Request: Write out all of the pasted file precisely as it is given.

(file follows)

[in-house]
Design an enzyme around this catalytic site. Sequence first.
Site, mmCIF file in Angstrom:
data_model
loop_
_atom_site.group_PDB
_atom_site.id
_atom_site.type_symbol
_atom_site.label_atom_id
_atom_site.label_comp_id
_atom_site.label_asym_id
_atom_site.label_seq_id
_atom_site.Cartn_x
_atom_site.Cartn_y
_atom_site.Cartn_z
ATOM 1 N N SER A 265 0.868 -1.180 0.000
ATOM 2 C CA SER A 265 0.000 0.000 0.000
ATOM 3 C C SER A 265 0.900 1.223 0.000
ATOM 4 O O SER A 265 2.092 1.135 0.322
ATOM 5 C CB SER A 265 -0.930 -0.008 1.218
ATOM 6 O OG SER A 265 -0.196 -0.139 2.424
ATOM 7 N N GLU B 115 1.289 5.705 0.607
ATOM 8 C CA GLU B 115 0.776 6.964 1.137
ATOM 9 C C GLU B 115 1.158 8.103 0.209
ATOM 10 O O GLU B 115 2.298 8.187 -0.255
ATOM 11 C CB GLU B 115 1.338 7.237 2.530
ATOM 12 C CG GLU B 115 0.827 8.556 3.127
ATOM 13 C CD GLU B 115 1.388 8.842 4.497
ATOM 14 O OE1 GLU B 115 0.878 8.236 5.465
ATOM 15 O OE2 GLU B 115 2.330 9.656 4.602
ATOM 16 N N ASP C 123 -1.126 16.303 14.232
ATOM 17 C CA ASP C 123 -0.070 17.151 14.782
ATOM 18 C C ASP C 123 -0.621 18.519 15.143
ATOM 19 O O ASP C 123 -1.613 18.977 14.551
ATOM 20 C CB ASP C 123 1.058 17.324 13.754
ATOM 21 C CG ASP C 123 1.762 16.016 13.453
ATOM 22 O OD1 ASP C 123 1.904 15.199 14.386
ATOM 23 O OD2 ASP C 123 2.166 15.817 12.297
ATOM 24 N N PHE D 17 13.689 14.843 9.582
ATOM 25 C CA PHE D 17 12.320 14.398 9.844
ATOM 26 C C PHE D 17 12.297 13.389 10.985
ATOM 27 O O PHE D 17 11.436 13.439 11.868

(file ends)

[in-house]
Design an enzyme around this catalytic site. Sequence first.
Site, mmCIF file in Angstrom:
data_model
loop_
_atom_site.group_PDB
_atom_site.id
_atom_site.type_symbol
_atom_site.label_atom_id
_atom_site.label_comp_id
_atom_site.label_asym_id
_atom_site.label_seq_id
_atom_site.Cartn_x
_atom_site.Cartn_y
_atom_site.Cartn_z
ATOM 1 N N SER A 265 0.868 -1.180 0.000
ATOM 2 C CA SER A 265 0.000 0.000 0.000
ATOM 3 C C SER A 265 0.900 1.223 0.000
ATOM 4 O O SER A 265 2.092 1.135 0.322
ATOM 5 C CB SER A 265 -0.930 -0.008 1.218
ATOM 6 O OG SER A 265 -0.196 -0.139 2.424
ATOM 7 N N GLU B 115 1.289 5.705 0.607
ATOM 8 C CA GLU B 115 0.776 6.964 1.137
ATOM 9 C C GLU B 115 1.158 8.103 0.209
ATOM 10 O O GLU B 115 2.298 8.187 -0.255
ATOM 11 C CB GLU B 115 1.338 7.237 2.530
ATOM 12 C CG GLU B 115 0.827 8.556 3.127
ATOM 13 C CD GLU B 115 1.388 8.842 4.497
ATOM 14 O OE1 GLU B 115 0.878 8.236 5.465
ATOM 15 O OE2 GLU B 115 2.330 9.656 4.602
ATOM 16 N N ASP C 123 -1.126 16.303 14.232
ATOM 17 C CA ASP C 123 -0.070 17.151 14.782
ATOM 18 C C ASP C 123 -0.621 18.519 15.143
ATOM 19 O O ASP C 123 -1.613 18.977 14.551
ATOM 20 C CB ASP C 123 1.058 17.324 13.754
ATOM 21 C CG ASP C 123 1.762 16.016 13.453
ATOM 22 O OD1 ASP C 123 1.904 15.199 14.386
ATOM 23 O OD2 ASP C 123 2.166 15.817 12.297
ATOM 24 N N PHE D 17 13.689 14.843 9.582
ATOM 25 C CA PHE D 17 12.320 14.398 9.844
ATOM 26 C C PHE D 17 12.297 13.389 10.985
ATOM 27 O O PHE D 17 11.436 13.439 11.868